I am in our apartment in Union City. In a few more days, it would be time to open the presents. My letter to Santa Claus had been written, which contained, among other things:
Rock em Sock em Robots
A Hot wheels cars race track
A pretty dress for my mom
From this list, one could assume I wanted to be a NASCAR driver, impale my friends with daggers in my backyard, had a serious anger management problem, and was not fond of my mom’s fashion choices.
My mom had gotten a big Christmas tree this year. It looked 20 feet tall from my tiny eyes, almost reaching the ceiling. It was not a real tree, but looked beautiful, with plenty of blinking lights and silver tinsel. I would sit and watch it often, thinking how great it was going to be to open all of those gifts. I had completely stopped picking on my younger brothers. I was hoping to catch up on some good behavior, in the hopes of keeping Santa happy and receiving everything on my list. Yep, it was all about me.
My little brother was a pain in neck. He just wouldn’t sit still. He got into everything, and if you complained or tried to stop him, he would whine and cry. He didn’t understand Christmas yet. He didn’t realize that the Christmas tree was something you just looked at. To him, it was a big toy. He also had another obsession – getting behind things. So it was not uncommon to find him behind the dresser, or behind the china cabinet.
So one day, as I walk through the living room, I see him. He is walking near the tree, looking for his next conquest. Of course I didn’t know that. Next thing I know, there he is – behind the tree. I will always remember the next few seconds in slow motion.
Down comes the tree.
The majority of the ornaments were glass, and now never to be used again. The tinsel was all over the place. And there is my little brother, on top of the mess – crying. He did it again. After mom finished cleaning up the mess and restoring the tree to it proper place, it was no longer the tree I had remembered. It was just a bare tree – no ornaments, just a few little pieces of tinsel. Oh and the best part, our couch was now in front of the tree, in an effort to keep the devil child away from it. The rest of that Christmas, any time someone came by the house, we had to endure the weird looks and obvious “What the…” questions. For several years after, our tree was reduced to a two foot miniature tree placed on a high shelf on a book case. Good grief Charlie Brown!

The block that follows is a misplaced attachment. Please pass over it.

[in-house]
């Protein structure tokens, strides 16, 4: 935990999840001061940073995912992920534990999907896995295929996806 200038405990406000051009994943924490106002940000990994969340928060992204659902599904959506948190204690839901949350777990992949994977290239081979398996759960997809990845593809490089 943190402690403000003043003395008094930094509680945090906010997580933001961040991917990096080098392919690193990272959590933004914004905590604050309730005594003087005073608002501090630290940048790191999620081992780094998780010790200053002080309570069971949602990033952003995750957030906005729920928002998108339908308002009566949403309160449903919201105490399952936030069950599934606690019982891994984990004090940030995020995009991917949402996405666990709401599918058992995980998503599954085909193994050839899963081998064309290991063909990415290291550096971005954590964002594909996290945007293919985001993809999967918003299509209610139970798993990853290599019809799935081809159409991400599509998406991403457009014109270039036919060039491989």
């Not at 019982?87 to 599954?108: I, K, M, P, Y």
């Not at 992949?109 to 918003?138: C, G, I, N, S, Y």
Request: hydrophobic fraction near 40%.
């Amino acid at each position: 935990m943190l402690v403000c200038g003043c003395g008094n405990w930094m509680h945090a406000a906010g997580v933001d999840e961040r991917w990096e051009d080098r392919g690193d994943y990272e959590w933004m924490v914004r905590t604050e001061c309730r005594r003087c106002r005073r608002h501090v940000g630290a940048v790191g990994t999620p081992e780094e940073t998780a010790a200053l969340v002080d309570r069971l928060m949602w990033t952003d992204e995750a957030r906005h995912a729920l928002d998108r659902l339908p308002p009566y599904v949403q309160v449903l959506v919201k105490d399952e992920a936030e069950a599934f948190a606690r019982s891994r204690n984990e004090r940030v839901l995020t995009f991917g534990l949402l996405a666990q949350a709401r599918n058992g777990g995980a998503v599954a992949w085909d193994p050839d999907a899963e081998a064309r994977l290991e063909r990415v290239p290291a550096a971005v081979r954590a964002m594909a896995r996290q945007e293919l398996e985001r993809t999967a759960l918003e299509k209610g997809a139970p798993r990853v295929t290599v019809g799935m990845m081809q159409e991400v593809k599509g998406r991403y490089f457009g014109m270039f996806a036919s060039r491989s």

You want to know something? I miss those years, every single one of them. We were so innocent, and so was the world around us compared to today’s standards. We ate at the table as a family. We talked to each instead of staring at video games. There was no Face Book or My Space so we all actually communicated with each other in person. We were four boys and life in our house was chaos, but we really got the chance to be children, instead of being forced to grow up so quickly like kids are today.
My brother is an adult now, with a wife, and a new baby boy, my nephew. In the future I hope to spend Christmas with my little brother and his family. I hope to see my nephew open his presents, and see that he receives some of the toys he asked Santa for.
But above all else, I hope one day to walk into his home, and see a couch in front of his Christmas tree.